HOW IS GROWTH RELATED TO DEVELOPMENT?

 

There should be an appropriate environment for growth and development. The appropriate, environment pertains to the agencies that organised resources for growth, and the attitudes of the people towards economic activities. If the resources organizing agencies- government, business leadership, labor leadership – are growth seeking, growth is promoted. For example, a good government can frame suitable policies, prepare right kind of plans create opportunities for entrepreneurial abilities to flower. Similarly, progressive business leadership can break new grounds in products, in techniques, in markets etc. No less important are the attitudes of the people towards work, earnings and spending. These can promote growth, if based on economic rationale. A hardworking and honest community has a consciousness that is favorable for rapid progress.

The six characteristics of modern economic growth according to Simon Kuznets are:-

  • High rate of growth of per capita output and population.
  • High rates of increase in total factor productivity, especially labour productivity.
  • High rates of structural transformation of the economy.
  • High rates of social and ideological transformation.
  • The propensity of economically developed countries to reach out to the world for markets and raw materials.
  • Limited international spread of economic growth.

One sense in which the term development is used to imply change the process of economic and social transformation within countries. Traditionally, development meant the capacity of a national economy, who see initial economic condition has been moreover less static for a long time, to generate and sustain an annual increase in its gross national product at rates of perhaps 5 % – 7% or more.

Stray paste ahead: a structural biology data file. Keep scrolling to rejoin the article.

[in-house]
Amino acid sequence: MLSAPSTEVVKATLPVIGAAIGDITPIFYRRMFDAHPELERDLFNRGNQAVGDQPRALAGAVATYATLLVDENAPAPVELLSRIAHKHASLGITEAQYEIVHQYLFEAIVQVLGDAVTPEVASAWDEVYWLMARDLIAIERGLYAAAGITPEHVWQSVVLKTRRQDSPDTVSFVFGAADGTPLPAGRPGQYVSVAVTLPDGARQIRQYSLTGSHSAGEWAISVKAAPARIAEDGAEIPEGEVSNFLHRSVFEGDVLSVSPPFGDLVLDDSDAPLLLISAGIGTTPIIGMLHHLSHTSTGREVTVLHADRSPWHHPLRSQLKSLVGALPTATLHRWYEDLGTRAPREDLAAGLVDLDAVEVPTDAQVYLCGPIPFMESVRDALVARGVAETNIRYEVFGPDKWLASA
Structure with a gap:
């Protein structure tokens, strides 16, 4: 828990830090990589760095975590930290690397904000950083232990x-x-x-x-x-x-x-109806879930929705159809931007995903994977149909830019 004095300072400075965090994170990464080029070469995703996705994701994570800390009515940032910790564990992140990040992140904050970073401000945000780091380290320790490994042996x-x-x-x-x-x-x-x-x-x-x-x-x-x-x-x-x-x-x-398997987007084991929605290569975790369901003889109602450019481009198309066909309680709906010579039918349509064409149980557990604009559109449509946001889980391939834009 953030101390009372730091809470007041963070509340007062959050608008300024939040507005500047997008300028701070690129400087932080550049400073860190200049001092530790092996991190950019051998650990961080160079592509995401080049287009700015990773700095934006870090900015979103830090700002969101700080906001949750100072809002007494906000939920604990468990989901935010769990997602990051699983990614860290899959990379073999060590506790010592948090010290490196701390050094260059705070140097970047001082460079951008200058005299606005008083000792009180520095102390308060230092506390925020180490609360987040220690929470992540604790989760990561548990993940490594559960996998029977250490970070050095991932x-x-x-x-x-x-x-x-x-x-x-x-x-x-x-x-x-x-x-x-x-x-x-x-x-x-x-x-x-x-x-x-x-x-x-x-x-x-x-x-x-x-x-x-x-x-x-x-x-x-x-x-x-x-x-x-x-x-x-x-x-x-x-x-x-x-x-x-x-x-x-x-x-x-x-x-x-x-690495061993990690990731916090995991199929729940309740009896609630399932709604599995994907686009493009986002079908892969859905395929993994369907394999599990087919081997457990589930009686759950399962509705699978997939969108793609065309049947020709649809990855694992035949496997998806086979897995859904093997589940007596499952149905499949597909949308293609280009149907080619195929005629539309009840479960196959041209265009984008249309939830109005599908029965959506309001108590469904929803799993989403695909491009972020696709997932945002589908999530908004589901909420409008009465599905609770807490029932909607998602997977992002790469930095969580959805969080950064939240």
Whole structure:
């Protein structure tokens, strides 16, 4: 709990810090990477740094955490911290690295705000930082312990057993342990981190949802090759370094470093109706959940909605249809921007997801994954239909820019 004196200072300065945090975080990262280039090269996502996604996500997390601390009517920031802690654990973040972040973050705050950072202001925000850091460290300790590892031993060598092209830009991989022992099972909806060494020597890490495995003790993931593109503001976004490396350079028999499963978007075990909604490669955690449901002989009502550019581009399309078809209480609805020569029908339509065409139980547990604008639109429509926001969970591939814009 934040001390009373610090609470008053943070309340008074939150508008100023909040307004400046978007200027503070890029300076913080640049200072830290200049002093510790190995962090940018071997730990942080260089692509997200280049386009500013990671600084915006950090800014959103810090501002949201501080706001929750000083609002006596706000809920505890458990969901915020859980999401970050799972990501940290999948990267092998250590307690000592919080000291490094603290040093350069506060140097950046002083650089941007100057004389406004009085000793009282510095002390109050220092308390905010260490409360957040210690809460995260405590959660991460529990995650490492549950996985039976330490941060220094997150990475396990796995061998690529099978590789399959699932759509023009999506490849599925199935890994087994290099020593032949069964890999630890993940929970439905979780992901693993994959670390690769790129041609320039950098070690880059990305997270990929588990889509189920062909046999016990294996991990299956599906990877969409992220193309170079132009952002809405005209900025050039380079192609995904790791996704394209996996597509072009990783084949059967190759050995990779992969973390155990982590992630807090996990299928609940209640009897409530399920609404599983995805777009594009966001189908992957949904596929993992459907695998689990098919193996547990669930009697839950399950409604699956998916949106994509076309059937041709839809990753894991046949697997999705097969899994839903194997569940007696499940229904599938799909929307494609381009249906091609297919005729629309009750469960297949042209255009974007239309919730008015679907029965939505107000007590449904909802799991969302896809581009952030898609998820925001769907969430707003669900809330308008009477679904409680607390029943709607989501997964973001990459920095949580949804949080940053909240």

The was looking at development almost exclusively in terms of growth targets, not much thought being given to the beneficiaries of that growth or the composition of output. The raising of income levels is generally called economic growth in rich countries and in poor ones it is called economic development, but this view does not specify the underlying forces which bring about the rise in income levels. Hicks points out that the problems of underdeveloped countries are concerned with the development of unused resources even when their uses are known, while those of developed countries are related worth when most of their resources have already been utilized to considerable extent. In fact, the terms development and growth have nothing to do with the type of economy. The distinction between the two relates to the nature and causes of change.

 

In recent times, economics development has come to be redefined in terms of the reduction or elimination of poverty, inequality and unemployment within the context of growing economy. Therefore, we may say, “development is a multi-dimensional process involving major changes in social structure, popular attitudes and national institutions as well as the acceleration of economic growth, the reduction of inequality and the eradication of absolute poverty.”

There are three basic core values in the wider meaning of development, namely, life-sustenance, self-esteem, and freedom. The three core components are inter-related. Low levels of life- sustaining result in lack of self-esteem and freedom; this lack of self-esteem and freedom of choice, in turn, act as links in a vicious circle of self-perpetuating poverty producing as they do as sense of fatalism and acceptance of the situation. It is also called accommodation of poverty.

 

 

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